The status/health check endpoint could be a simple piece of middleware, an MVC controller, or the health check service/middleware in the ASP.NET Core 2.2 preview.

Once you have all these in place, adding the smoke test as part of your CI build pipeline is relatively simple. In the next section I'll describe the script I use, and how to call it.

The smoke test Bash script

The complete Bash script for running smoke tests is shown below. I'll walk through the script in detail afterwards, as it's quite verbose, but a large amount of the script is boilerplate for setting variables and capturing errors etc, so try not to feel too overwhelmed!

#!/bin/bash

# treat undefined variables as an error, and exit script immediately on error
set -eux

APP_NAME="$1"
APP_IMAGE="$2"
TEST_PATH="$3"
SMOKE_TEST_IMAGE="$APP_NAME-smoke-test"

TEST_PORT=80
MAX_WAIT_SECONDS=30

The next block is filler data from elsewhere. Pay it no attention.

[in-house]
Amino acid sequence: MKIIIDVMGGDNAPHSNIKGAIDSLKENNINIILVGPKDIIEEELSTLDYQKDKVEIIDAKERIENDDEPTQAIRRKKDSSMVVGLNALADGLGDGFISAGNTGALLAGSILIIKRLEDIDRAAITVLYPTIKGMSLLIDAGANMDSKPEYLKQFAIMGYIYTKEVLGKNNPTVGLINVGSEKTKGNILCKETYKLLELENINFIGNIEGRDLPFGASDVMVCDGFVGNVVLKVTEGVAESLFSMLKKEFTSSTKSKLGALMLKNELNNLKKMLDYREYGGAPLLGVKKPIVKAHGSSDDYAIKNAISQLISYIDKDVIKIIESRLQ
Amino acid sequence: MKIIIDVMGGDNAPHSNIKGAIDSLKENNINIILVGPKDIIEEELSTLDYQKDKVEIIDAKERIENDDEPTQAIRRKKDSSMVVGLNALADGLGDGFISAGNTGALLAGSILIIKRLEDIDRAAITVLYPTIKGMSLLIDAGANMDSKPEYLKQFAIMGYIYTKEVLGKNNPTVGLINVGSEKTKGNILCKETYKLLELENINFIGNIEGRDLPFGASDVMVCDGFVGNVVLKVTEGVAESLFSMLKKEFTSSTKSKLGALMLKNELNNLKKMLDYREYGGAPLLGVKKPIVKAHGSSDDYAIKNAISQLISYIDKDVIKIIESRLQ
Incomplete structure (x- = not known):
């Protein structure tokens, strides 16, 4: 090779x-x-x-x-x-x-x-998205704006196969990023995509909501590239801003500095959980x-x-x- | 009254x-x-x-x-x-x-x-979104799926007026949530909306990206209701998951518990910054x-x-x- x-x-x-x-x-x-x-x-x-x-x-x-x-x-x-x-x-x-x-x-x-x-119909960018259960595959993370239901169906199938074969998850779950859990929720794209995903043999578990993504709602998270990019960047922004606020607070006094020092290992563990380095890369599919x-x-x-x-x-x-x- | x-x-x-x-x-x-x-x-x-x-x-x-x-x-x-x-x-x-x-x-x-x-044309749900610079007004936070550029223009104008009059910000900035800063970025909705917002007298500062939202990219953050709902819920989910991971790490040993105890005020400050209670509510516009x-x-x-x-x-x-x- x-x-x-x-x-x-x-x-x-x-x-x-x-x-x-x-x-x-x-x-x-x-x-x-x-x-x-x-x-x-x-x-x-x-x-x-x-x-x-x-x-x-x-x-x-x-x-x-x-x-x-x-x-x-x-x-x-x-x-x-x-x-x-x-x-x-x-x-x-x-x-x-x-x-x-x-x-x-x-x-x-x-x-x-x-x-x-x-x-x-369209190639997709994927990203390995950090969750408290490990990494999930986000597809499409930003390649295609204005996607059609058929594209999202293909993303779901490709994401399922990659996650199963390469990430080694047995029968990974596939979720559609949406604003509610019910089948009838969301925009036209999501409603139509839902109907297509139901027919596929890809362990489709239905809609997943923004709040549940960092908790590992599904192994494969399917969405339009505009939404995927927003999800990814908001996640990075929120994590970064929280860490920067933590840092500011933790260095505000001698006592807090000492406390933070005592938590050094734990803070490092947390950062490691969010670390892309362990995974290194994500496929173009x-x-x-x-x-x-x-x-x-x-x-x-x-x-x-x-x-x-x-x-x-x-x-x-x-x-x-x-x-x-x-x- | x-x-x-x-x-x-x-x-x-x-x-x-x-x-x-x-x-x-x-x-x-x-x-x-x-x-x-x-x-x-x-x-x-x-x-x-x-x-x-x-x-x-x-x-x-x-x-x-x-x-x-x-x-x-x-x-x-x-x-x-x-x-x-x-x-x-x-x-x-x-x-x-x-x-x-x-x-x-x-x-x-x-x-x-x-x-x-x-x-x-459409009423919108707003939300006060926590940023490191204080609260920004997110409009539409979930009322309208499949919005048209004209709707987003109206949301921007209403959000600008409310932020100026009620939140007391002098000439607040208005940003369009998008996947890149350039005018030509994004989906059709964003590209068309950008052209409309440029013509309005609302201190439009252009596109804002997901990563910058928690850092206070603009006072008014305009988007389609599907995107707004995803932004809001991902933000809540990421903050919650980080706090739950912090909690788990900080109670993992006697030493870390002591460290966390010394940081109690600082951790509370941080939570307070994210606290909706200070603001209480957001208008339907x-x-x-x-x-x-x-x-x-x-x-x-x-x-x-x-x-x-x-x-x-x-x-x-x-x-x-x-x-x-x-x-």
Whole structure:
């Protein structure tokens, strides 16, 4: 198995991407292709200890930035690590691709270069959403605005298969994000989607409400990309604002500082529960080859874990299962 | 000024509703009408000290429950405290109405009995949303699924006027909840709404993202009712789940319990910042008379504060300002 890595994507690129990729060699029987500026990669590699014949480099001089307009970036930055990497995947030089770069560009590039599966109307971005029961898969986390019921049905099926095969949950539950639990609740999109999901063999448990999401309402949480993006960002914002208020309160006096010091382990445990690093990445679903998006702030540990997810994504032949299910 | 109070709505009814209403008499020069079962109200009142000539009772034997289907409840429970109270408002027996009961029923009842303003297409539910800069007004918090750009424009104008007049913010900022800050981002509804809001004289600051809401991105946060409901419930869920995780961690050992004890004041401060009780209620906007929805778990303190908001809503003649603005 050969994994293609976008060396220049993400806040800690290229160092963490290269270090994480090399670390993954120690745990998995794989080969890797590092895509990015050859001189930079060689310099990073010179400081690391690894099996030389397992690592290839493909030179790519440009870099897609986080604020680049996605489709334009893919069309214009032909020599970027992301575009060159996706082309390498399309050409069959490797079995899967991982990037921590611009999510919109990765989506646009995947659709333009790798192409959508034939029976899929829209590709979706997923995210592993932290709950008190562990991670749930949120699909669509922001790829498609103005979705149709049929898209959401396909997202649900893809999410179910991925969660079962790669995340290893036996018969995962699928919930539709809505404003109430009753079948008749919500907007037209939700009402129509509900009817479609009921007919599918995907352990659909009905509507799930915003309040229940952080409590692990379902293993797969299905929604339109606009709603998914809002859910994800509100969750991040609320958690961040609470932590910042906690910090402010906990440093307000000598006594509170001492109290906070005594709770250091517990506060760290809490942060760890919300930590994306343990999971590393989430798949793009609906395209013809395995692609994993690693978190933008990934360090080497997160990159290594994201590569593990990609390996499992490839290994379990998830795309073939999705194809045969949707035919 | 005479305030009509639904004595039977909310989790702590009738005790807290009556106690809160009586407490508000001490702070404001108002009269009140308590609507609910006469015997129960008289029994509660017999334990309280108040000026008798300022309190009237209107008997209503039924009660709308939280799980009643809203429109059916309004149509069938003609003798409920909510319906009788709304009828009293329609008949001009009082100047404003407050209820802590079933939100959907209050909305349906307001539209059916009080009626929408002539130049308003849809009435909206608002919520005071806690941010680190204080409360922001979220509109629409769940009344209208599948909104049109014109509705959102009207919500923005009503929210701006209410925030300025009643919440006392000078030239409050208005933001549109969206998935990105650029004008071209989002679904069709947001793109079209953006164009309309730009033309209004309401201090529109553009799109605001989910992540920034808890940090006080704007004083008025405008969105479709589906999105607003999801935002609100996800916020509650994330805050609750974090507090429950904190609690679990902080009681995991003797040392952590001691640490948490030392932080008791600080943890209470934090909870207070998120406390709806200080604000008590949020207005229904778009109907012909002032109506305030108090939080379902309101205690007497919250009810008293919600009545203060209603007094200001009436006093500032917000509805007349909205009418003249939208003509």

# kill any lingering test containers
docker kill $SMOKE_TEST_IMAGE || true

docker run -d --rm \
    --name $SMOKE_TEST_IMAGE \
    -e ASPNETCORE_ENVIRONMENT=Testing \
    $APP_IMAGE

# wait for the port to be available 
until nc -z $(docker inspect --format='{{.NetworkSettings.IPAddress}}' $SMOKE_TEST_IMAGE) $TEST_PORT
do
    echo "waiting for container to startup..."
    sleep 1.0
    ((MAX_WAIT_SECONDS--)) #decrement
    if [ $MAX_WAIT_SECONDS -le 0 ]; then
        echo "Docker smoke test failed, port $TEST_PORT not available"
        docker kill $SMOKE_TEST_IMAGE || true
        exit -1
    fi
done

# hit the status endpoint (don't kill script on failure)
set +e